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Mexico's Lopez Portillo tries to draw skittish Castro, Reagan closer

Mexican President Jose Lopez Portillo increasingly sees himself as the go-between for Washington and Havana -- and in many ways he is ideally suited for the job.

He genuinely likes both Ronald Reagan and Fidel Castro.

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Moreover, he sincerely believes that the United States and Cuba ought to be talking -- and associates say he thinks Mr. Reagan and Dr. Castro would enjoy each other and be able to find at least some ways of accommodation, if not genuine friendship.

But Mr. Lopez Portillo is also a political realist, knowing well the great distance that separates the two countries and their leaders.

Mr. Lopez Portillo's meeting with Dr. castro Aug. 7 to 8 on Cozumel, a Mexican island in the Caribbean, was in part designed to apprise Dr. Castro of his recent session with President Reagan at Camp David. No formal communique was issued after the Conzumel session. But Mexican officials said that Mr. Lopez Portillo and Dr. Castro discussed US policy in Latin America in general, and especially in Central America, where both Mexico and Cuba have sharp differences with US attitudes.

But the meeting also gave Mr. Lopez Portillo an opportunity to fill in the Cuban leader on preparations for the North-South economic summit scheduled for October on the neighboring Mexican island of Cancun -- a session at which Dr. Castro will not be present.

President Reagan has said all along he would not attend if President Castro were present, and recent efforts at the United Nations to invite the Cubans were unsuccessful.

At the same time, Cuban officials are most skittish about President Reagan, very unsure of just where he stands on many Western issues and most particularly on Cuba. They would like to meet with him, and with other US officials, but they do not know what to expect.

Thus in a way President Lopez Portillo is their conduit of information. He is also, for the United States, an excellent source on Cuba. Jorge Castaneda, his foreign minister, is particularly close to his Cuban counterpart, and he, like the Mexican President, has been trying to find areas of common ground between Washington and Havana.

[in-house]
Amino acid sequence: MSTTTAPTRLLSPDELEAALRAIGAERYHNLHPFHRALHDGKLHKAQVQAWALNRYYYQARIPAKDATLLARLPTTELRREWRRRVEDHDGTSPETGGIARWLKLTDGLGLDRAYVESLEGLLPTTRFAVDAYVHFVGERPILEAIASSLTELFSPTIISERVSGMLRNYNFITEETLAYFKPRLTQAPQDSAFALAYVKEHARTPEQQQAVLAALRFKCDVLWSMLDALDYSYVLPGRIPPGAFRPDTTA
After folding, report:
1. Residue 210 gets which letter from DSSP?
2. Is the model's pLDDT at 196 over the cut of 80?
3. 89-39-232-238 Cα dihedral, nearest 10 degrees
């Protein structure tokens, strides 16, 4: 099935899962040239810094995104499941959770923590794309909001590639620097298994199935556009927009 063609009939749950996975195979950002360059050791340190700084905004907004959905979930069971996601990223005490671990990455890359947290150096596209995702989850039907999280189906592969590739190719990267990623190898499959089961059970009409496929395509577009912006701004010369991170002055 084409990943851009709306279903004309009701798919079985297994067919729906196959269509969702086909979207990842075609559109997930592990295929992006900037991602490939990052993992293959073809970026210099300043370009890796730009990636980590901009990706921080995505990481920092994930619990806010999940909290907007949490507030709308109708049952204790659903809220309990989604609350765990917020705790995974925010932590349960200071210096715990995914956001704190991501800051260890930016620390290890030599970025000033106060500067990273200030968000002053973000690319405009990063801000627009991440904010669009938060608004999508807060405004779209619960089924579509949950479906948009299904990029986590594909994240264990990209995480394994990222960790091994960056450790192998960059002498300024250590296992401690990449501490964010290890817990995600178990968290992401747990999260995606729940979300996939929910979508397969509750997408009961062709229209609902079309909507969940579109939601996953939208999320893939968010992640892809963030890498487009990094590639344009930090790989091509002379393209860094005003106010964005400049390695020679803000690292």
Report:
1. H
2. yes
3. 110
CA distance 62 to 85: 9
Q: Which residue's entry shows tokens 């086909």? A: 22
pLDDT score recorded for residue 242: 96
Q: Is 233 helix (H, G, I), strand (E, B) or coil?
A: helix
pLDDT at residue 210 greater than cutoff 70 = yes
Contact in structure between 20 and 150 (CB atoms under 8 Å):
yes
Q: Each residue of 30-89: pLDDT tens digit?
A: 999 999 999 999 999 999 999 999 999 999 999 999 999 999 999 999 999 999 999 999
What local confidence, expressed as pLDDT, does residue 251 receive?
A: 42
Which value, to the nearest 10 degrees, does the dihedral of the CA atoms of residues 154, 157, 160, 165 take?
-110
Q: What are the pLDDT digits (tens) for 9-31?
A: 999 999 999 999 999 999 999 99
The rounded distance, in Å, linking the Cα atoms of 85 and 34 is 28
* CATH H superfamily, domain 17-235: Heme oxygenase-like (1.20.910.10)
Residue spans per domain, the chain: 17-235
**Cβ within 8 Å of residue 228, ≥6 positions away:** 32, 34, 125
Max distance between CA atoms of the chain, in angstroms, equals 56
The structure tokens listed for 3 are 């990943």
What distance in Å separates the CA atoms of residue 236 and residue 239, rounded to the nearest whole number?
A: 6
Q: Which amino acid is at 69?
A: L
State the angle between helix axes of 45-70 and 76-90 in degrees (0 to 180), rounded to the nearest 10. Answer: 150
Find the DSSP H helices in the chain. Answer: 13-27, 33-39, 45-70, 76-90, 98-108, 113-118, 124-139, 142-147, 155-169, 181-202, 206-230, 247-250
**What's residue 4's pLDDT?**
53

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The Lopez Portillo-castro session at Cozumel gave the Mexican leader an opporrtunity to renew his personal friendship with Dr. Castro. It is understood that in the course of the two-day conversations he sought ways to bring Washington and Havana together.

Whether he had much success remains to be seen. Dr. Castro's attacks on the US in the course of a recent major speech were unsettling to the Mexicans since they seem to slam the door on renewed contacts between the US and Cuba. Moreover, President Reagan and his administration seem very reluctant to deal directly with Cuba.

The Mexican effort to try to bring Washington and Havana together, and Mexico's continuing relationship with Cuba, are in some measure the result of a longstanding Mexican sympathy with the Cuban revolution begun by Dr. Castro 23 years ago.

During the 1960s, Mexico was the only Latin American nation maintaining relations with the Castro government. Although many of the other governments began to reestablish ties with Cuba in the 1970s, there has been in the last two years a trend away from relations with Cuba, many countries feeling that Cuba has tried to export its revolution to their shores.

Both Colombia and Costa Rica have suspended relations with Cuba in recent months, and Venezuelan-Cuban relations are extremely chilly. Thus Mexican finds itself more and more -- as it was back in the 1960s -- without much support for ties with Cuba.

Although Washington-Havana relations are pretty chilly also, the two countries maintain interests sections in third-country embassies in each other's capitals, and it is likely that this will remain the single most effective link between the two countries for some time to come.

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